Even more costly and dangerous
Local nuclear disarmament campaigners are horrified at the announcement of an extra £600m for spending on the Government’s scheme to replace the existing Trident nuclear weapons system with an even more dangerous and costly nuclear weapon of mass destruction.
At a time when vital public services in the health, social care, education and housing sectors are under constant attack from Government cuts, spending on Trident is already out of control.
Indeed, the extra £600m announced by Theresa May demonstrates that the Ministry of Defence is overspending at a very early stage in its project to replace Britain’s nuclear weapons system.
Using the government’s own figures, the Campaign for Nuclear Disarmament (CND) has previously demonstrated that the so-called ‘Trident replacement’ will cost more than £205bn over the lifetime of the scheme.
Now, the Government is planning to squander even more public money, while never admitting to the full costs.
Adding another £600m to the Trident bill is very negative news. It represents more millions that should have been spent on social care, on schools, on hospitals and on building new homes.
Cumbria and Lancashire Campaign for Nuclear Disarmament
‘Dumbing down information’
Every few weeks, Cuadrilla runs an online session, where pre-recorded video clips of the topic of the day are interspersed with questions submitted live by the public. I tuned in recently, just in time to hear an engineer likening the sand used in fracking to beach sand, eventually saying that it was quarried in the North West.
The sand used in hydraulic fracturing is actually silica sand, a high-purity quartz sand with uniform, rounded grains, quite different from beach sand, and it is a very tough material, which is able to resist compressive forces of up to several tons per square inch.
I was reminded of a current planning application to open a quarry in Cheshire, specifically to extract silica sand, which is apparently needed because “there is an ongoing need for silica sand to supply demand, and of the four operational silica sand sites in Cheshire East, two of these are close to being worked out”.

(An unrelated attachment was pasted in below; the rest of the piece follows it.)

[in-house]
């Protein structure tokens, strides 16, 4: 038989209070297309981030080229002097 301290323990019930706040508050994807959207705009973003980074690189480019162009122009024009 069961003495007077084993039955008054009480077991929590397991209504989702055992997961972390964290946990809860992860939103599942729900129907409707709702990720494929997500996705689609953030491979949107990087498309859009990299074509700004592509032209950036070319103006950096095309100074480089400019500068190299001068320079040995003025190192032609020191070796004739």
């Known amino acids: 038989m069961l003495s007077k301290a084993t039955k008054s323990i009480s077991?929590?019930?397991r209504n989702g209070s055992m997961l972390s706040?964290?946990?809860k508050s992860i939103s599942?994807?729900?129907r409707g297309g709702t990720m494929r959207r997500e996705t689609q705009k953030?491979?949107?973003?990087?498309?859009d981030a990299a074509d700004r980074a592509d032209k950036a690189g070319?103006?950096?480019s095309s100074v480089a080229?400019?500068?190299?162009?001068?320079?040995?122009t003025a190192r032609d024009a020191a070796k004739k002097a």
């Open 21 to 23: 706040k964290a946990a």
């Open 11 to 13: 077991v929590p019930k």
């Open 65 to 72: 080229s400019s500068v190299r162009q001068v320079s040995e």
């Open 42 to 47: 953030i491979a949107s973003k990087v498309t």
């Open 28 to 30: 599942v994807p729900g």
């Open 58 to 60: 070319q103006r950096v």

The proposal is to extract more than three million tonnes of silica sand over a 12-year period, and this is not a coincidence. It means that more than 180 acres of agricultural land in rural Cheshire would change for ever, in order to satisfy the demands of the shale gas industry.
I have no doubt that the residents of Allostock, Goostrey and Cranage, in Cheshire, would wish that fracking sand was just beach sand. After all, Lytham St Annes has got a lot going spare. But I was very disappointed by Cuadrilla’s engineer. ‘Dumbing down’ should not be the order of the day. We deserve better.
Britain will be weakened
Only a year is now left until the official moment of Britain’s departure from the European Union.
If the current timetable is pursued, March 29, 2019 is going to be a date which future generations will look back on with incredulity and dismay.
For those who expect Britain to enter a new era of growth and prosperity, the troubling reality is that every scenario so far predicts that being outside of the EU will not strengthen Britain’s place in the world, it will weaken it.
The countries waiting to deal with us will adopt a modus operandi of aggressive nationalism intending to strip of us every last penny.
This is capitalism, not tiddlywinks.
Anyone expecting Donald Trump to do us any favours has been blind to his disdain for international rules and ‘weakest to the wall’ philosophy.
It would be like stepping off a plank into a sea full of circling sharks The amount of ‘control’ we may gain will be as nothing to what we will lose.
Neither Parliament nor anyone else should be duped into thinking that the only available deal is the one that Theresa May offers.
She has no mandate for the Brexit she seeks and the majority of pragmatic MPs know this.
Time is running out.
Now is the moment to demand a change of course before it is too late.
Do I pass
I am available for Test selection.
I can’t bat, bowl or field but I am honest.